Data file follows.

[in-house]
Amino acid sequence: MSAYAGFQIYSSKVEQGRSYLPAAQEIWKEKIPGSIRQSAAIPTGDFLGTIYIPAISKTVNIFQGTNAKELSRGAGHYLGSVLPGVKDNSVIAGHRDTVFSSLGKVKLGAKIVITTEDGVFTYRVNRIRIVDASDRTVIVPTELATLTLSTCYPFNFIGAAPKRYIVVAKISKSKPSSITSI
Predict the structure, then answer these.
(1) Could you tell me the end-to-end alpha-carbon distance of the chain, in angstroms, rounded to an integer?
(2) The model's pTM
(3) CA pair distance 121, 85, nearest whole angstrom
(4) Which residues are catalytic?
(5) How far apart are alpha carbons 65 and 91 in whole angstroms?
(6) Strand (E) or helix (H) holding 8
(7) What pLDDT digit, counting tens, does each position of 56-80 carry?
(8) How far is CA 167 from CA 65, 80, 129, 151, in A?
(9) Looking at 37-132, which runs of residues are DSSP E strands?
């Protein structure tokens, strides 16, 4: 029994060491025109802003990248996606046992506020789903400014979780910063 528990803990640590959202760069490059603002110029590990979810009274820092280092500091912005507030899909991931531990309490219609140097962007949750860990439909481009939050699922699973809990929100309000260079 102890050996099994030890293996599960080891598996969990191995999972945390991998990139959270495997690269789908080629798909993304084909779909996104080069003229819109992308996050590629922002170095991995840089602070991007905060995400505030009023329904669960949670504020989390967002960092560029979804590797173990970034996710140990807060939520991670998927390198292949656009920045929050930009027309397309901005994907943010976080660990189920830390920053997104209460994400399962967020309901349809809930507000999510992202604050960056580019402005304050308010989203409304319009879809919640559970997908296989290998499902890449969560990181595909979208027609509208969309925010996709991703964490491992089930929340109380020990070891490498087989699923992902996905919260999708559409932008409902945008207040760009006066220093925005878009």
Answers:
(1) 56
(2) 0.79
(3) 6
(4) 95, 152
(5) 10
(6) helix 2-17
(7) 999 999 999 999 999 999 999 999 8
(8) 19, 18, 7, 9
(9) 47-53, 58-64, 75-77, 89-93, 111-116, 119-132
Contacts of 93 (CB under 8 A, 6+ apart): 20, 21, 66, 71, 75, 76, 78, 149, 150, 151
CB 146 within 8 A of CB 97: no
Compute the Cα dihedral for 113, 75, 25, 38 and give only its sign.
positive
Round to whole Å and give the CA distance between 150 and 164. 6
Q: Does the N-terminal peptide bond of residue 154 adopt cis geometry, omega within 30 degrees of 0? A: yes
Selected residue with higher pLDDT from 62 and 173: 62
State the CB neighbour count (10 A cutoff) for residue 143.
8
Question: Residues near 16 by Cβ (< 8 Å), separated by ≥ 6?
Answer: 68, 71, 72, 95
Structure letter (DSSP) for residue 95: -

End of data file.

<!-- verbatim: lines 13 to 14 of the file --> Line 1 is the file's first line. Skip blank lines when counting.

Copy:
């Protein structure tokens, strides 16, 4: 029994060491025109802003990248996606046992506020789903400014979780910063 528990803990640590959202760069490059603002110029590990979810009274820092280092500091912005507030899909991931531990309490219609140097962007949750860990439909481009939050699922699973809990929100309000260079 102890050996099994030890293996599960080891598996969990191995999972945390991998990139959270495997690269789908080629798909993304084909779909996104080069003229819109992308996050590629922002170095991995840089602070991007905060995400505030009023329904669960949670504020989390967002960092560029979804590797173990970034996710140990807060939520991670998927390198292949656009920045929050930009027309397309901005994907943010976080660990189920830390920053997104209460994400399962967020309901349809809930507000999510992202604050960056580019402005304050308010989203409304319009879809919640559970997908296989290998499902890449969560990181595909979208027609509208969309925010996709991703964490491992089930929340109380020990070891490498087989699923992902996905919260999708559409932008409902945008207040760009006066220093925005878009």
Answers: